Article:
Cotton is a plant fibre that comes from cotton plant seeds. This plant doesn't just grow anywhere, it needs a specific climate: sun, water, and dry weather for the plant to dry before getting picked.
In 2019, the three first producing countries were China, India, and the USA. Some African countries are also big cotton producers. Because of the climate, it is near impossible for cotton to grow in Europe, only Greece is the exception to the rule.
Once spun and woven, or knitted, cotton has excellent qualities. It is very absorbent and therefore often used for household linen. It can take many different forms making it very diverse: spun for sewing, woven for fabric, jersey for clothing, lace for delicate textiles, wadding for plasters, these are only a few examples.
Thanks to its many qualities placing it number one within our homes, cotton is today the most used textile fibre in the world.
This seemingly perfect fabric is yet subject to many controversies due to its exploitation.
Today, we can distinguish three types of cotton: conventional, recycled, and organic.
Conventional cotton is the most used, but also the most problematic. In the past few years, many reports have brought light to the ecological and social impact of this massive production. Cotton fields make up around 2% of the Earth's arable land. But our clothing, linen, and all the other products made from this fabric conceal a tragic reality leading to serious consequences.
To improve crop yield, producers resort to using pesticides, sometimes excessively. Although they manage to increase yield, these harmful products disrupt biodiversity and endanger the health of people working in cotton fields.
Cotton requires sun but also a lot of water to grow. These huge amounts of water used to irrigate the fields weaken and disfigure surrounding landscapes. The most famous example is the Aral sea of which a huge number of rivers have been diverted to meet the needs of surrounding cultivations.
Last but not least, the working conditions don't often comply with human rights. Accusations of forced labour or child labour are on the rise in some producing countries.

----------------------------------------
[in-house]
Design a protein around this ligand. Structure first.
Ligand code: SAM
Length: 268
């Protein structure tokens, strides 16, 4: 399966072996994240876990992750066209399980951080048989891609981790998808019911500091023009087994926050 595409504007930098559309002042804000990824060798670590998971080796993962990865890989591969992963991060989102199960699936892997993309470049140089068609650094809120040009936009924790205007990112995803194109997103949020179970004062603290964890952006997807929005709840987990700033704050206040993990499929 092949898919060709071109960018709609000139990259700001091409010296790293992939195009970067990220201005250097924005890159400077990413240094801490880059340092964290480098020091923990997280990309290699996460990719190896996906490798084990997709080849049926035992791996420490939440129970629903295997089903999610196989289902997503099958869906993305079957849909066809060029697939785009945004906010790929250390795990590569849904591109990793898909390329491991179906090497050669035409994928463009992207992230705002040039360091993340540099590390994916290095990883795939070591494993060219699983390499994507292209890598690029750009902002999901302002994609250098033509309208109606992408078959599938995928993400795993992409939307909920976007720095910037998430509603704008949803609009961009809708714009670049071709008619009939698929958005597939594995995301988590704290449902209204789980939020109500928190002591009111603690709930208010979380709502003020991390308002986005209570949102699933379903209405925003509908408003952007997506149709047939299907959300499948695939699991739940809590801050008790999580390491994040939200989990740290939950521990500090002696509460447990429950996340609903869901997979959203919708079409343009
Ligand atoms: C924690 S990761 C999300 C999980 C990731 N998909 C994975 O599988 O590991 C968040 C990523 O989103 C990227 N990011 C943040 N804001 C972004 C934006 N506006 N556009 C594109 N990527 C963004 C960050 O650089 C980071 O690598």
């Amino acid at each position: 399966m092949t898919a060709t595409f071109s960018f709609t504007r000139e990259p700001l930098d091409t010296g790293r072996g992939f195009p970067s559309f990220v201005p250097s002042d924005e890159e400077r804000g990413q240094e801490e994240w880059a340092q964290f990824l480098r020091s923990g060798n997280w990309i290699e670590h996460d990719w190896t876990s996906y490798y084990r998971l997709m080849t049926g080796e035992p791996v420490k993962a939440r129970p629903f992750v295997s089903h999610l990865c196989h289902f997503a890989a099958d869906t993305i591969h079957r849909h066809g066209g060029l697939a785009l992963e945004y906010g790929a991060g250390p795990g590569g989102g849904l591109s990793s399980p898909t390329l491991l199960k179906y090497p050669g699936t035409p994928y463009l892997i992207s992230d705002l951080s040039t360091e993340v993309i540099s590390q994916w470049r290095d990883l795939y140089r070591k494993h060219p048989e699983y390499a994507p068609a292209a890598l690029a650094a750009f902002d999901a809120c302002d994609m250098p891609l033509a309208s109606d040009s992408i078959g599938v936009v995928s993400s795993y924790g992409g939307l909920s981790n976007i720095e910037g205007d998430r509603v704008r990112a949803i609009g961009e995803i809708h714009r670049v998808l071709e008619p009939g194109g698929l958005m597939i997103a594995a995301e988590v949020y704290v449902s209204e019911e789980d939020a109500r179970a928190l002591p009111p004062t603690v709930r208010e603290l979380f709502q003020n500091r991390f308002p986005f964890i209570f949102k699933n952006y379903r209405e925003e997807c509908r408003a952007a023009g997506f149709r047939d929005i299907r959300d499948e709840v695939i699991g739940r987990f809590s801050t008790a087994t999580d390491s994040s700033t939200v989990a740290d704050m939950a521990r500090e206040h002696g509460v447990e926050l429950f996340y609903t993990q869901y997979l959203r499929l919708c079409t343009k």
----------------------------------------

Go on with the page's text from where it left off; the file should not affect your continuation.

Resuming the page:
These serious social and environmental consequences challenge the ecological and sustainable legitimacy of this fabric. It is nonetheless a high-quality fibre, but its exploitation needs to improve. This is why in recent years many alternatives have emerged.
Conventional cotton => NO
Recyclable cotton is among the candidates to replace conventional cotton. It avoids growing cotton plants as well as throwing away used fabric and clothing. Resource-saving and no waste!
The idea is good but in practice, this is less exciting. According to some studies, the resource savings are less significant than we would have hoped for: 4% water saving and 5% energy saving. Furthermore, recycled cotton will always contain new fibre to reinforce the existing fibre which has been weakened in the recycling process.
However, the recycling process replaces cotton fields and therefore the use of pesticides. An improvement still worth acknowledging.
Recycled fabrics may also contain heavy metals and many other harmful fibres. It has been recycled, yes, but this prevents us from actually knowing the initial product.
Recycled cotton => THERE'S ROOM FOR IMPROVEMENT
For our cotton t-shirt, we have of course chosen organic cotton, but also GOTS-certified to ensure a high-quality product. This choice allows us to offer a t-shirt made from a clean plant fibre, respecting both the environment and the people growing it. You won't find any heavy metals in this garment.
However, this is still a rather new producing method and organic cotton is therefore still rather rare. But today, more and more cotton producers are changing their farming methods and are turning towards organic farming (and even better GOTS-certified fibres). Less water, fewer pesticides, resulting in a more responsible textile fibre.
Organic cotton => A GOOD COMPROMISE
Once again, the perfect solution doesn't exist. On the one hand, recycling helps to avoid waste but doesn't resolve the issue of dangerous chemical products. On the other hand, organic agriculture respects biodiversity but is still resource exploitation.
What about organic recycled cotton? Probably the best method but not enough organic productions exist at the moment... So we are no way near ready to find organic recycled cotton.
We often finish off our blog articles by saying that nothing is perfect but small steps and even trying to change our habits are still worthwhile! 😉